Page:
The Baby Hope deposit sits about 4km south-west of the Hope Downs 1 South deposit and immediately north of the Lang Hancock rail line.
The development will help sustain existing capacity at the Hope Downs 1 operation.
"This investment will ensure sustainable production levels at the Hope Downs 1 operation and is a clear demonstration of our continuing commitment to the people of Western Australia and the joint venture partnership," Rio Tinto Iron Ore chief executive Chris Salisbury said.
"Together, we have played an instrumental role in developing the Pilbara and remain committed to pioneering new ways to innovate and improve our business for the future."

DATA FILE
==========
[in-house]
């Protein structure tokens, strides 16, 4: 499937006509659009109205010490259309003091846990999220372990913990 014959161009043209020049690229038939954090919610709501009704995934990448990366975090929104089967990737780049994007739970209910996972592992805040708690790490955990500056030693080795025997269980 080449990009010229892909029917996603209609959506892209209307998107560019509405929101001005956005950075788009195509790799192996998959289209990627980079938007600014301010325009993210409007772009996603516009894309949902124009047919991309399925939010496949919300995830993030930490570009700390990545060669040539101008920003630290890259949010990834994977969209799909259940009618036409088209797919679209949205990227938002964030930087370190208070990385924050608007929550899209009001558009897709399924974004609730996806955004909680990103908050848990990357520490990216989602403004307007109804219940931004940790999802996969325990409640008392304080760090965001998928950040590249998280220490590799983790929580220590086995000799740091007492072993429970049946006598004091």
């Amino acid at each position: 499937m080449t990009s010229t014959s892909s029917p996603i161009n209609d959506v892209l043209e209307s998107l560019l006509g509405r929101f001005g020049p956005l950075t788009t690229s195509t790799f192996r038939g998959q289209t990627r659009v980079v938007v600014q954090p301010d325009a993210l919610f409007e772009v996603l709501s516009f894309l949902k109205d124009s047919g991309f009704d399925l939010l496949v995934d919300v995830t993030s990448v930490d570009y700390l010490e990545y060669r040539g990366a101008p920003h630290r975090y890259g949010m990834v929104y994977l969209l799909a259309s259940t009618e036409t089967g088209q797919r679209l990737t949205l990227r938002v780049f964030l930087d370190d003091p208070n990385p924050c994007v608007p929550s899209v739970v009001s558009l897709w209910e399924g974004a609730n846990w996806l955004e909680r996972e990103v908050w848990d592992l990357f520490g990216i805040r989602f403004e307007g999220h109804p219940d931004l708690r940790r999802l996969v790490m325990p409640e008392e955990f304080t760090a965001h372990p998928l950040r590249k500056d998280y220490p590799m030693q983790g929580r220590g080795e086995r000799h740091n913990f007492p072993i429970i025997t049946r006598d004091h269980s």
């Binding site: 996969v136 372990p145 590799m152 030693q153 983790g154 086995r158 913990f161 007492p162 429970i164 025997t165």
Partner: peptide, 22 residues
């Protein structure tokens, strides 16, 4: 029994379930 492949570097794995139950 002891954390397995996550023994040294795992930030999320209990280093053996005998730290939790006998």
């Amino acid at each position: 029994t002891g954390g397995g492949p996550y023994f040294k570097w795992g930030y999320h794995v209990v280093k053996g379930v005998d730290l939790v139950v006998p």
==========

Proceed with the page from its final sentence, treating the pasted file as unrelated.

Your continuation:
The JV plans to retrofit 28 existing haul trucks at the operation with Autonomous Haulage System technology by 2020, as well as three production drills.
"As we introduce autonomous technology across the business we continue to work closely with our employees to develop their career pathways. To date, we have successfully redeployed or upskilled employees impacted by automation and we would expect this trend to continue with the extension of this technology at Hope Downs," Salisbury said.
Hancock executive chairman Gina Rinehart thanked Rio for investing in Baby Hope and the other Hope Downs mines. Hope Downs is named after Rinehart's mother.
"As Hancock and some at Rio know, I have been pushing to see the development of Baby Hope, and I am excited that now the Baby Hope mine will be a welcome contributor to the future success of Hope Downs," she said.
Hope Downs 1 and 4 produced 46.9 million tonnes of iron ore in 2017.